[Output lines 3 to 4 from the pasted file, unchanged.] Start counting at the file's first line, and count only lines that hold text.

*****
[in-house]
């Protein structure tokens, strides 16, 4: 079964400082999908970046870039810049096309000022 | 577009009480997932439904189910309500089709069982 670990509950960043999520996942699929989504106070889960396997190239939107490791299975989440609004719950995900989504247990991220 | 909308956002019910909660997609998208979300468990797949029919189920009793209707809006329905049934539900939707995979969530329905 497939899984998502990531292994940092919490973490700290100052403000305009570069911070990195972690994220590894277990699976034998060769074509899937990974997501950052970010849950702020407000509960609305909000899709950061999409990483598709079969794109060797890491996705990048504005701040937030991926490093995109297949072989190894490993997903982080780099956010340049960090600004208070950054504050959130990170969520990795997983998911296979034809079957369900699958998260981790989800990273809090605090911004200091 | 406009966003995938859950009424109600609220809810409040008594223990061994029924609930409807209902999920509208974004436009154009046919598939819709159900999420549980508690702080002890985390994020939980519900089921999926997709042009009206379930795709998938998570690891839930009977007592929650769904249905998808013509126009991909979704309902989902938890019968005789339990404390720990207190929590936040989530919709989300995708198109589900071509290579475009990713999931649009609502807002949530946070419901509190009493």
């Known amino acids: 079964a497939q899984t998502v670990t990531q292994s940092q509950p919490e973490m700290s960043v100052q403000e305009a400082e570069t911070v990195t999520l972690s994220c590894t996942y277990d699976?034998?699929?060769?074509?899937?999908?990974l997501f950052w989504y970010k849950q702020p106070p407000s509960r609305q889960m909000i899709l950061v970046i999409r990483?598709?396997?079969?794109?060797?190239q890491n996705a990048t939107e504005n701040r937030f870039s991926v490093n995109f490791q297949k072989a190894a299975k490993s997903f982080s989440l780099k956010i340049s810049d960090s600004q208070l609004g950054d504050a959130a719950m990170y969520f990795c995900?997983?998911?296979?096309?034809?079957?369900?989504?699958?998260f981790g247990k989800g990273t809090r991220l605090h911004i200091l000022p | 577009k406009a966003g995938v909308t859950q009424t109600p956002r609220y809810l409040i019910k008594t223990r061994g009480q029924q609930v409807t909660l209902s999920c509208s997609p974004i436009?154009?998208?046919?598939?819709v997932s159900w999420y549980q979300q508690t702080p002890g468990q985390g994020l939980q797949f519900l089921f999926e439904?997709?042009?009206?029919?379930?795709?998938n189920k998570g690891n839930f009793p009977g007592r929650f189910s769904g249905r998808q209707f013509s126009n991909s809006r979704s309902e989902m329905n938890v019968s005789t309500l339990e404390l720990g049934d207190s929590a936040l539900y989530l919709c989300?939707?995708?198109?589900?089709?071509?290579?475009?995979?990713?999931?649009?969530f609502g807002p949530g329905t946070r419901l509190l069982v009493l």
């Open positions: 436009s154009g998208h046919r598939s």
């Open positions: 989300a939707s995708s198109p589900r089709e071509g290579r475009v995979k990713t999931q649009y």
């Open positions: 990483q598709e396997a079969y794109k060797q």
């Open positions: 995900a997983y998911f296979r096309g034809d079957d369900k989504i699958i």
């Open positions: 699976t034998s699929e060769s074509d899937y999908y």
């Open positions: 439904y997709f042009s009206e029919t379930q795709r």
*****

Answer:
């Known amino acids: 079964a497939q899984t998502v670990t990531q292994s940092q509950p919490e973490m700290s960043v100052q403000e305009a400082e570069t911070v990195t999520l972690s994220c590894t996942y277990d699976?034998?699929?060769?074509?899937?999908?990974l997501f950052w989504y970010k849950q702020p106070p407000s509960r609305q889960m909000i899709l950061v970046i999409r990483?598709?396997?079969?794109?060797?190239q890491n996705a990048t939107e504005n701040r937030f870039s991926v490093n995109f490791q297949k072989a190894a299975k490993s997903f982080s989440l780099k956010i340049s810049d960090s600004q208070l609004g950054d504050a959130a719950m990170y969520f990795c995900?997983?998911?296979?096309?034809?079957?369900?989504?699958?998260f981790g247990k989800g990273t809090r991220l605090h911004i200091l000022p | 577009k406009a966003g995938v909308t859950q009424t109600p956002r609220y809810l409040i019910k008594t223990r061994g009480q029924q609930v409807t909660l209902s999920c509208s997609p974004i436009?154009?998208?046919?598939?819709v997932s159900w999420y549980q979300q508690t702080p002890g468990q985390g994020l939980q797949f519900l089921f999926e439904?997709?042009?009206?029919?379930?795709?998938n189920k998570g690891n839930f009793p009977g007592r929650f189910s769904g249905r998808q209707f013509s126009n991909s809006r979704s309902e989902m329905n938890v019968s005789t309500l339990e404390l720990g049934d207190s929590a936040l539900y989530l919709c989300?939707?995708?198109?589900?089709?071509?290579?475009?995979?990713?999931?649009?969530f609502g807002p949530g329905t946070r419901l509190l069982v009493l």
């Open positions: 436009s154009g998208h046919r598939s």